A tenant moved into my house on 1/1/2015.
He paid rent for the months of January, February, and March.
Starting in April, he refused to pay rent.
The eviction case ran it course from 4/1/2015 to 7/1/2015.
From 4/1/2015 to 7/1/2015, he continued to live in my house, but never paid any rent.
He was evicted on 7/1/2015.
Do April, May and June count as "Fair Rental Days" or "Personal Use Days"?==========>>>fair rental days; it was still available for rent all those months even if it was not generating rental income. Rental Property that is 100% rental, and is occupieid but not generating rental income is considered as in use.
Schedule E instruction https://www.irs.gov/pub/irs-pdf/i1040se.pdf
page 5, middle column, 2nd paragraph says:
"A day of personal use is any day, or part of a day, that the unit was used by:
Anyone who pays less than a fair rental price for the unit"
A fair rental price is $2000/month specified in the rental contract. If he paid $0/month, does that mean "he paid less than a fair rental price"?
I think the answer is absolutely "yes". $0 is less than $2000.If the answer is "yes", then according the above statement by IRS, are April, May and June "Personal Use" days?==>.No as said above; you IENTIOALLY did NOT rent at less than Fair Market Value of $2K/ month. If so, these are personal use days. The rent received counts as income but the expenses don?t qualify as deductions;since you hold property for rental purposes, you are be able to deduct your ordinary / necessary expenses including depreciation for managing, conserving, or maintaining the property even while the property is vacant even if you did not get paid.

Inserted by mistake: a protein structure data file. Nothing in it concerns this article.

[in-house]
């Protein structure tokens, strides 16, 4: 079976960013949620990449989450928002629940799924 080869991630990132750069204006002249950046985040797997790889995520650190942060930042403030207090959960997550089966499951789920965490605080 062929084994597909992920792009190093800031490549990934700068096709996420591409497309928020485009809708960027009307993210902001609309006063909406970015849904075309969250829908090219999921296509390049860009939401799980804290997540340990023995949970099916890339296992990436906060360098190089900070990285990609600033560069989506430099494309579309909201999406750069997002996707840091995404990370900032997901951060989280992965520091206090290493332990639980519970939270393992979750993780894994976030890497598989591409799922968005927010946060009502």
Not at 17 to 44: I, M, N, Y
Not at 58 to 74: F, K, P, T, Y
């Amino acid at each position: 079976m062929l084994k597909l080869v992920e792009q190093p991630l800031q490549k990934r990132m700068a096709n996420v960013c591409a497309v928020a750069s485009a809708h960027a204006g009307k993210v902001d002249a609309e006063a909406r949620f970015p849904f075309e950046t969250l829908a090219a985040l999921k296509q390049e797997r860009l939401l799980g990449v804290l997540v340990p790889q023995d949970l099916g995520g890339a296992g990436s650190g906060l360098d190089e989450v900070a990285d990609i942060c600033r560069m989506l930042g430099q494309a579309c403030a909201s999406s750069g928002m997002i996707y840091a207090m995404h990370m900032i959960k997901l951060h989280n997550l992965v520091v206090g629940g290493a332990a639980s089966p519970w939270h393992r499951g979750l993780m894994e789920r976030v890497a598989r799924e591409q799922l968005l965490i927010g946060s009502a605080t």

Note; aslongas you are a cash basis TP, then, You can't claim unpaid rent on your rent;. Rental income not received is not a deductible expense for a cash basis taxpayer.however,If you are an accrual method, report income
when you earn it. I mean If you are unable to collect the rent, you may be able to deduct it as a business
bad debt. Plz read below.As a landlord, you can write off unpaid rental debt. A write-off, also called a charge-offmeaning you declare a debt as a loss on your taxes.As you are a sole proprietor, any financial expenses, such as outstanding rental debt, will appear on your personal tax return on 1040. Since the unpaid rental debt is an expense, it may reduce the amount of your taxable income. This may result in a smaller tax bill due the IRS. If you operate your rental property under a business, such as a s ? or c- corp, the write-off of the unpaid debt will appear on your business tax returns instead of your personal tax return. The debt will generally reduce your business income and result in a reduced amount of business earnings for that period. If your total business deductions exceed your total business income, the irs considers this as a Net Operating Loss. This may result in you not owing any business taxes at all for that period. Although you can still pursue the collection of a written-off debt, you're not required to do so. If you believe pursuing collection of the debt is not cost-effective due to the amount of the debt, or the evicted tenant's inability to pay, you can dispose of the debt through debt forgiveness. When you "forgive" a debt, you abandon collection efforts of the debt in its entirety. You then report this forgiven debt to the irs and issue a 1099-C form to the debtor. The unpaid rental debt is now considered income to the debtor and he may have to pay taxes on that amount to the irs.